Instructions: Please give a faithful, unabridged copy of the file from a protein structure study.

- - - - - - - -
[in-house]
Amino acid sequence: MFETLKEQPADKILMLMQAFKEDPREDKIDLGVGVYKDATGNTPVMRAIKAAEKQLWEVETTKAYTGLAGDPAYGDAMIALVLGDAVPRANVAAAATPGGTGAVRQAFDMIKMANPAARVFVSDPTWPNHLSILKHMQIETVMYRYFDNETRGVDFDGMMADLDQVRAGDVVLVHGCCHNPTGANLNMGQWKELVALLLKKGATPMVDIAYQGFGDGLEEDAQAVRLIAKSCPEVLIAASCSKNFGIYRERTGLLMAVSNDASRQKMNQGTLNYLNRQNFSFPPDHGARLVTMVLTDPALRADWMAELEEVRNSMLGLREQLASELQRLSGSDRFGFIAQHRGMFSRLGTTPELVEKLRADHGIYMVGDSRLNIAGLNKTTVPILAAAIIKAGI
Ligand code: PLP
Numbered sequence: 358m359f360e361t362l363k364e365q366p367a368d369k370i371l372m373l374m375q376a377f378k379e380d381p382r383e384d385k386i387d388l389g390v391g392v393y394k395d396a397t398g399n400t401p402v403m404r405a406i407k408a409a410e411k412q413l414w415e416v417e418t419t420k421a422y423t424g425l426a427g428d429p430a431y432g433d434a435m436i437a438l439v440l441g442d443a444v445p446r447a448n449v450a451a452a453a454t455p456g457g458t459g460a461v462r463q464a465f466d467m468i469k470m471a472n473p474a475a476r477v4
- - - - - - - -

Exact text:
[in-house]
Amino acid sequence: MFETLKEQPADKILMLMQAFKEDPREDKIDLGVGVYKDATGNTPVMRAIKAAEKQLWEVETTKAYTGLAGDPAYGDAMIALVLGDAVPRANVAAAATPGGTGAVRQAFDMIKMANPAARVFVSDPTWPNHLSILKHMQIETVMYRYFDNETRGVDFDGMMADLDQVRAGDVVLVHGCCHNPTGANLNMGQWKELVALLLKKGATPMVDIAYQGFGDGLEEDAQAVRLIAKSCPEVLIAASCSKNFGIYRERTGLLMAVSNDASRQKMNQGTLNYLNRQNFSFPPDHGARLVTMVLTDPALRADWMAELEEVRNSMLGLREQLASELQRLSGSDRFGFIAQHRGMFSRLGTTPELVEKLRADHGIYMVGDSRLNIAGLNKTTVPILAAAIIKAGI
Ligand code: PLP
Numbered sequence: 358m359f360e361t362l363k364e365q366p367a368d369k370i371l372m373l374m375q376a377f378k379e380d381p382r383e384d385k386i387d388l389g390v391g392v393y394k395d396a397t398g399n400t401p402v403m404r405a406i407k408a409a410e411k412q413l414w415e416v417e418t419t420k421a422y423t424g425l426a427g428d429p430a431y432g433d434a435m436i437a438l439v440l441g442d443a444v445p446r447a448n449v450a451a452a453a454t455p456g457g458t459g460a461v462r463q464a465f466d467m468i469k470m471a472n473p474a475a476r477v4